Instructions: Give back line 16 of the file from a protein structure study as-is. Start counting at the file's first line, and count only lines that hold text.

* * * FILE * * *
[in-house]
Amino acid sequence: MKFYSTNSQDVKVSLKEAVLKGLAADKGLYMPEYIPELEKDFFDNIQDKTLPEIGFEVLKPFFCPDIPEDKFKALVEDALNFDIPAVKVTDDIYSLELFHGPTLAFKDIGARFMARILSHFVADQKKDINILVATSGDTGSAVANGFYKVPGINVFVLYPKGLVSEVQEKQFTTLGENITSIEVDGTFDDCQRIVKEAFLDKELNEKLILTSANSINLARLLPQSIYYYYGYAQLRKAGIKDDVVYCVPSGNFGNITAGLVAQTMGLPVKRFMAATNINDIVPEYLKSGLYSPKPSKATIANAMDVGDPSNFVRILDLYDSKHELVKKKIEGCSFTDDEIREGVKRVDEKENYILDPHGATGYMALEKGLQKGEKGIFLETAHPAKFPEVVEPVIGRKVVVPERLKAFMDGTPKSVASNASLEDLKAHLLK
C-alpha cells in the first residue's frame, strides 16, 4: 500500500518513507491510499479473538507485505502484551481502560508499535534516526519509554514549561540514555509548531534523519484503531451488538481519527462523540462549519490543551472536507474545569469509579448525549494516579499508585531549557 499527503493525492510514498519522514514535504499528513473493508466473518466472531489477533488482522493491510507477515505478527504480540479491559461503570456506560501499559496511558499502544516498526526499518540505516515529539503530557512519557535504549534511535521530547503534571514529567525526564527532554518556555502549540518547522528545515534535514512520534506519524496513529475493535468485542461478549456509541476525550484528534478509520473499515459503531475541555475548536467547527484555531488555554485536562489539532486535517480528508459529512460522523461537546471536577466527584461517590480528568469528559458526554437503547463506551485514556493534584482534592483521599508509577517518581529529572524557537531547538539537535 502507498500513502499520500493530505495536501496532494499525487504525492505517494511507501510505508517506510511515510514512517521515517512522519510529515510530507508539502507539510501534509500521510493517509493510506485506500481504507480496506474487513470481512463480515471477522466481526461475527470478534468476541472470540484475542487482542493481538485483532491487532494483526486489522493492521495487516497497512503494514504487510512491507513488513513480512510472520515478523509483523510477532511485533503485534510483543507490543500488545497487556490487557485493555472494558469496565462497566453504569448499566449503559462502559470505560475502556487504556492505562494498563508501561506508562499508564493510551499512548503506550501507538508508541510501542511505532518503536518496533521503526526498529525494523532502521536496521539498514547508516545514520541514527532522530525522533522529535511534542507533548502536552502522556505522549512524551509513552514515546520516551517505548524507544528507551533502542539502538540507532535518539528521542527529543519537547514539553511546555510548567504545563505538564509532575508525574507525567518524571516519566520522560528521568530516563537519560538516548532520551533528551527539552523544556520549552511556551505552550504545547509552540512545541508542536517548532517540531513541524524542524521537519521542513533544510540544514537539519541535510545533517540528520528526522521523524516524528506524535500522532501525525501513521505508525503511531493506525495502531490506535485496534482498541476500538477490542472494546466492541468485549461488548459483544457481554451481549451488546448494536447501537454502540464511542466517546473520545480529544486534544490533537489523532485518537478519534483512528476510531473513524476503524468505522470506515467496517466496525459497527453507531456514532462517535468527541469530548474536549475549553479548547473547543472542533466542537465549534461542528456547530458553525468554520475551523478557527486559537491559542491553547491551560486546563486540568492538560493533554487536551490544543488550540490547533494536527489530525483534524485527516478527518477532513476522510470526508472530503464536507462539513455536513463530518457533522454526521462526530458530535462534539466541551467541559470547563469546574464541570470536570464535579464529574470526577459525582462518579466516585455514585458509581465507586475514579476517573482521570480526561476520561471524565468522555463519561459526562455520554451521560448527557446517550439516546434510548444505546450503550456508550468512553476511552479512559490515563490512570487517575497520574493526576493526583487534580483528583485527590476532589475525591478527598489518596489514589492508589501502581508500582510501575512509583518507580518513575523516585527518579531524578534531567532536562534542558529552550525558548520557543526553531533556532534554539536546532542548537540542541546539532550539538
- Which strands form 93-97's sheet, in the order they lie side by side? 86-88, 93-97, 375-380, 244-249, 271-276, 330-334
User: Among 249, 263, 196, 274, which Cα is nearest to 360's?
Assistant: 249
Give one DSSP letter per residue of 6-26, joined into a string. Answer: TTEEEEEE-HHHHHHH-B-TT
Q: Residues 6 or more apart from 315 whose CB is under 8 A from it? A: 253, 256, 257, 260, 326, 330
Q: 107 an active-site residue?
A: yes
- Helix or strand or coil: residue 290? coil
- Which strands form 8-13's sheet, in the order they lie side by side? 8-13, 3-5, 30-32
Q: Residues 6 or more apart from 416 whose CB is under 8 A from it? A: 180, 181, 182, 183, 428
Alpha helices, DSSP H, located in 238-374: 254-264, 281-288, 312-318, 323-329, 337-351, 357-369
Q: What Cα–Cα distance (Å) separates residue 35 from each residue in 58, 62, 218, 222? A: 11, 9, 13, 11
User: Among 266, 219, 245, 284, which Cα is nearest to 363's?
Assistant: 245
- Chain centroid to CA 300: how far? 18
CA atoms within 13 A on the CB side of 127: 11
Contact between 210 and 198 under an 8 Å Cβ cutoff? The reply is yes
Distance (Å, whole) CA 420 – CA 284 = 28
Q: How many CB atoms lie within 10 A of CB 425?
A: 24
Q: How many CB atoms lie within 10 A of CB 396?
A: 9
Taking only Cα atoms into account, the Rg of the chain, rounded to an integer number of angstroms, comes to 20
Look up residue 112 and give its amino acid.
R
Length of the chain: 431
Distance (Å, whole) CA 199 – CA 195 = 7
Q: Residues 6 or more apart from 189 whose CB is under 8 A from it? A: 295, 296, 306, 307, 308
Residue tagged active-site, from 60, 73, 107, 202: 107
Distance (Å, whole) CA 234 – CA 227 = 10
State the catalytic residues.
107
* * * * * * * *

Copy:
User: Among 266, 219, 245, 284, which Cα is nearest to 363's?